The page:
B-Dual In-line Package-Construction-circuit
Inside the package, the lower half has the leads embedded, and at the center of the package is a rectangular space, chamber, or void into which the IC die is cemented. The leads of the package extend diagonally inside the package from their positions of emergence along the periphery to points along a rectangular perimeter surrounding the die, tapering as they go to become fine contacts at the die. Ultra-fine bond wires (barely visible to the naked human eye) are welded between these die periphery contacts and bond pads on the die itself, connecting one lead to each bond pad, and making the final connection between the microcircuits and the external DIP leads. The bond wires are not usually taut but loop upward slightly to allow slack for thermal expansion and contraction of the materials; if a single bond wire breaks or detaches, the entire IC may become useless. The top of the package covers all of this delicate assemblage without crushing the bond wires, protecting it from contamination by foreign materials.
Usually, a company logo, alphanumeric codes and sometimes words are printed on top of the package to identify its manufacturer and type, when it was made (usually as a year and a week number), sometimes where it was made, and other proprietary information (perhaps revision numbers, manufacturing plant codes, or stepping ID codes.)
The necessity of laying out all of the leads in a basically radial pattern in a single plane from the die perimeter to two rows on the periphery of the package is the main reason that DIP packages with higher lead counts must have wider spacing between the lead rows, and it effectively limits the number of leads which a practical DIP package may have. Even for a very small die with many bond pads (e.g. a chip with 15 inverters, requiring 32 leads), a wider DIP would still be required to accommodate the radiating leads internally. This is one of the reasons that four-sided and multiple rowed packages, such as PGAs, were introduced (around the early 1980s.)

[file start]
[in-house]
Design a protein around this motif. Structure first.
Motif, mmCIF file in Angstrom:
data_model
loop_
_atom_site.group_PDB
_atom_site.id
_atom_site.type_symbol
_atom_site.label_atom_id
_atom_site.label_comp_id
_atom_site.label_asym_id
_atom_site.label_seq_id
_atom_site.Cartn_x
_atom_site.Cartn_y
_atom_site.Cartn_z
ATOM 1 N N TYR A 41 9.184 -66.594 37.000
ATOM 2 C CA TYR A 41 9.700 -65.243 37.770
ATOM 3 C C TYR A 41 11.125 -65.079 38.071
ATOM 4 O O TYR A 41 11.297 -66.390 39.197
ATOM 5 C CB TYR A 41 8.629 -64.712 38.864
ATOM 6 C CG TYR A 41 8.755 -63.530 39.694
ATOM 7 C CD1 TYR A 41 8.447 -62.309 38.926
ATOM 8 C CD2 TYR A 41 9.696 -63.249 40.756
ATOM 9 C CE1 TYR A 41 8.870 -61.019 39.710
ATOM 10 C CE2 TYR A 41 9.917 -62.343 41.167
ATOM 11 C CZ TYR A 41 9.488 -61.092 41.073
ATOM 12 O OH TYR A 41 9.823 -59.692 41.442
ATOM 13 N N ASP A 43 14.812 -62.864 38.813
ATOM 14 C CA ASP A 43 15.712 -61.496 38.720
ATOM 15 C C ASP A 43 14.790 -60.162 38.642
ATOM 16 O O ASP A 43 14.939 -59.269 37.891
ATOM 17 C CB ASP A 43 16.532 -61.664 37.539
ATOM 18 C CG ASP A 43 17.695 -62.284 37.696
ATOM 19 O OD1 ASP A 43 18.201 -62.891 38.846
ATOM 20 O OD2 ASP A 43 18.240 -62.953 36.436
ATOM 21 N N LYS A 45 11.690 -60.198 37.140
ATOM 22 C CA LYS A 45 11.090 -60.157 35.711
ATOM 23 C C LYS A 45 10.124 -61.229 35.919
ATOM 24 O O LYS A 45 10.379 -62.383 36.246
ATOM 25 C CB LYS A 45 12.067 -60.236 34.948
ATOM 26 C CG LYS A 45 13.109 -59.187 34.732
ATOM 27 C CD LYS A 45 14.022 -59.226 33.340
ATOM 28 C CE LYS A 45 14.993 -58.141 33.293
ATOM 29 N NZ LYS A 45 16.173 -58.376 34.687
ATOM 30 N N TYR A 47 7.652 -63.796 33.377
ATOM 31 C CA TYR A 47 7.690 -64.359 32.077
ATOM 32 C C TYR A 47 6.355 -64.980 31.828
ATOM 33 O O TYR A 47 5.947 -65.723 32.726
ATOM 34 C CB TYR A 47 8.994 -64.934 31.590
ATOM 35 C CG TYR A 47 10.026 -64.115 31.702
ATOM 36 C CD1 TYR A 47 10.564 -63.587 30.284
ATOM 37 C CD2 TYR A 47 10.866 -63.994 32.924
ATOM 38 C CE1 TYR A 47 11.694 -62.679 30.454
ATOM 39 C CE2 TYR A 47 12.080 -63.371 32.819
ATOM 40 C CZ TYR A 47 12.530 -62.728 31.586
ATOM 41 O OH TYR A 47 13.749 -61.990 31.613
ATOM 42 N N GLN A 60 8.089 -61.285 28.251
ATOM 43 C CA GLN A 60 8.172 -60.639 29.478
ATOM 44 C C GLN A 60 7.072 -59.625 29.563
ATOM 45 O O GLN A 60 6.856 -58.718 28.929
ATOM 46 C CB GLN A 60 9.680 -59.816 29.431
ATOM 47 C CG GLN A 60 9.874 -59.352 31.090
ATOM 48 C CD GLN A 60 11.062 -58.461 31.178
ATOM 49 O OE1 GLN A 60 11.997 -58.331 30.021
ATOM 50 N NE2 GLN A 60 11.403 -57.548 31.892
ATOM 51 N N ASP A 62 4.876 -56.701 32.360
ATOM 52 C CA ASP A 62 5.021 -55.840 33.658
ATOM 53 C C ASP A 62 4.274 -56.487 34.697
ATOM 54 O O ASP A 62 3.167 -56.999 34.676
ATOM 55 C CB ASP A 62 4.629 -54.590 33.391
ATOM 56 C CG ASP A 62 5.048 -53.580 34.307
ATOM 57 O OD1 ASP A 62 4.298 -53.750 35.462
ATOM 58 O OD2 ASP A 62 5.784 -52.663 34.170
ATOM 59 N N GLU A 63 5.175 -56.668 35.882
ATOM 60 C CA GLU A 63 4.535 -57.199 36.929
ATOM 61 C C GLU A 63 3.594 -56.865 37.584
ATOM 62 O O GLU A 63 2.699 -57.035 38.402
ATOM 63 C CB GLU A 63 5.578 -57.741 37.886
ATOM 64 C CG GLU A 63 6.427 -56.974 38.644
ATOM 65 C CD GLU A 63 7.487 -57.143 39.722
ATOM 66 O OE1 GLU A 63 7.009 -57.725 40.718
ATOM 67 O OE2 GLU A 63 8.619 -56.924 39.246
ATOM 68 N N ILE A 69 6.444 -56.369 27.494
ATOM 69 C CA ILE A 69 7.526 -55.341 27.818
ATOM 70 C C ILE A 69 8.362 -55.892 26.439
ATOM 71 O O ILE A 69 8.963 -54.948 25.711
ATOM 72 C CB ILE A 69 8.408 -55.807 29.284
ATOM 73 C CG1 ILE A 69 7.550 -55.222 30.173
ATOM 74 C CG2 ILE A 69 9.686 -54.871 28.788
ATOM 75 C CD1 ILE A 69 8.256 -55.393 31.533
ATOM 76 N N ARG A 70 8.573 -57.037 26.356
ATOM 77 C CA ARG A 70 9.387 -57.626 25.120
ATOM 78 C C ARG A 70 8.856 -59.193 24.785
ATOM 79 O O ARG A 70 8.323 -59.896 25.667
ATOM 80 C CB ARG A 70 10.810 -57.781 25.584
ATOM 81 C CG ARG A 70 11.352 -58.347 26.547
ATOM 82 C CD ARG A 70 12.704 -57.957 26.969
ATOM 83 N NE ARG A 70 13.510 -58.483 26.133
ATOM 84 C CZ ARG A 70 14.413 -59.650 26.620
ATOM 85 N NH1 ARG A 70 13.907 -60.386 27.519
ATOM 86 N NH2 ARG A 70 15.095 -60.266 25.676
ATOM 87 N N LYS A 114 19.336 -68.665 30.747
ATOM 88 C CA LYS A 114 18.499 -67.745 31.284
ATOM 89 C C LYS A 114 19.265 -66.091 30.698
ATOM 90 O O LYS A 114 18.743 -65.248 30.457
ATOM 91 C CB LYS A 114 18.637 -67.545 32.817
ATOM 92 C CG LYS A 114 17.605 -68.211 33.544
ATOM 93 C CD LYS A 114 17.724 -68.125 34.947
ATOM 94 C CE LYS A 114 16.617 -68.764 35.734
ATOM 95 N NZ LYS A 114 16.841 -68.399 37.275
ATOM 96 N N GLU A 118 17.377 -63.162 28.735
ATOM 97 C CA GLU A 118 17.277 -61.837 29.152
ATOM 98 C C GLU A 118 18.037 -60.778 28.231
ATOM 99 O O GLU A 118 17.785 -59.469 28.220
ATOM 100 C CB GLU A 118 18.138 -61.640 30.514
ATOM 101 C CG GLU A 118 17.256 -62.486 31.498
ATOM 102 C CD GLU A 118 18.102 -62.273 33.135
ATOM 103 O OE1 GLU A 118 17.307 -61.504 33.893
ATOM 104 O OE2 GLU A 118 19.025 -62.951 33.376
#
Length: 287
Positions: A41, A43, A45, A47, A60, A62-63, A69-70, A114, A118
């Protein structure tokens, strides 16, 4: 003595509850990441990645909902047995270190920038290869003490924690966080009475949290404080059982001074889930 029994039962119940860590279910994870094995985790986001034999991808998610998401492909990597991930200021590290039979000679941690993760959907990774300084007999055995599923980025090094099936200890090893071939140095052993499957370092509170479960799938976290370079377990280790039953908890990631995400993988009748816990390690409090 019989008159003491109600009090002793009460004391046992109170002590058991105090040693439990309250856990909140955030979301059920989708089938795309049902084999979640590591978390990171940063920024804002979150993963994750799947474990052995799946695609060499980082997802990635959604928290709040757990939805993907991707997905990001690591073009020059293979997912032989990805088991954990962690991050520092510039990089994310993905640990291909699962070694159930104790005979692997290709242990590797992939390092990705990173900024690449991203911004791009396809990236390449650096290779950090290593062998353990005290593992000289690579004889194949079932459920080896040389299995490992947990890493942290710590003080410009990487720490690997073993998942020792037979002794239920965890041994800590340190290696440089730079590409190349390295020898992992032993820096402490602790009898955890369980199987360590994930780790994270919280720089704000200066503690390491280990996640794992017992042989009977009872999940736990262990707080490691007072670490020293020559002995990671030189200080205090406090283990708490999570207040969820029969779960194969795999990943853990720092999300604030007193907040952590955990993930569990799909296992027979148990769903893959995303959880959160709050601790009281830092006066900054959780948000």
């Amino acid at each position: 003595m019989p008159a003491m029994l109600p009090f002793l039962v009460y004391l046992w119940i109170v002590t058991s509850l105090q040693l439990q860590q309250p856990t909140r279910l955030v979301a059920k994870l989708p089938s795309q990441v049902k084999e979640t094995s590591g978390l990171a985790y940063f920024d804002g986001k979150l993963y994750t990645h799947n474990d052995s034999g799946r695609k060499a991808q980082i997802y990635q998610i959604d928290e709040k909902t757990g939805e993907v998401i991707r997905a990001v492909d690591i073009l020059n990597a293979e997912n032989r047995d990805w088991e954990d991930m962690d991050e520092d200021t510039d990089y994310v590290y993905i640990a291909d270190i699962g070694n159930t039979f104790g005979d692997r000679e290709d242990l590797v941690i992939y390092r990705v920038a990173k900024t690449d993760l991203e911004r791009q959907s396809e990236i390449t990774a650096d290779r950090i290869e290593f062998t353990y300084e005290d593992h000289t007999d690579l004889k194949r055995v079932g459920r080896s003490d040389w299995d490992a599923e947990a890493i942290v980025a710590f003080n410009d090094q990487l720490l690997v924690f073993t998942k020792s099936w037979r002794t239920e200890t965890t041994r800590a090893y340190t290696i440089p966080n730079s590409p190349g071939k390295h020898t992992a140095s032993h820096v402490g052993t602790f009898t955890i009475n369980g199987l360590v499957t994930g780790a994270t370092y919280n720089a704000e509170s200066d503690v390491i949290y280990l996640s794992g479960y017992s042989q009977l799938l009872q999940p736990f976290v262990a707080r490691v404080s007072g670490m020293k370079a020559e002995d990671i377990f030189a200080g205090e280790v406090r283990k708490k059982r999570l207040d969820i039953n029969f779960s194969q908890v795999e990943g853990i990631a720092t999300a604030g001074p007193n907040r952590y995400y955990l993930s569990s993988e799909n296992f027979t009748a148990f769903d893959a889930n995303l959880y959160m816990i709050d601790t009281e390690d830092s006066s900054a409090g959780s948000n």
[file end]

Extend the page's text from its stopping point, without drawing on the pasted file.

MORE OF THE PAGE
A large DIP package (such as the DIP64 used for the Motorola 68000 CPU) has long leads inside the package between pins and the die, making such a package unsuitable for high speed devices.
Some other types of DIP devices are built very differently. Most of these have molded plastic housings and straight leads or leads that extend directly out of the bottom of the package. For some, LED displays particularly, the housing is usually a hollow plastic box with the bottom/back open, filled (around the contained electronic components) with a hard translucent epoxy material from which the leads emerge. Others, such as DIP switches, are composed of two (or more) plastic housing parts snapped, welded, or glued together around a set of contacts and tiny mechanical parts, with the leads emerging through molded-in holes or notches in the plastic.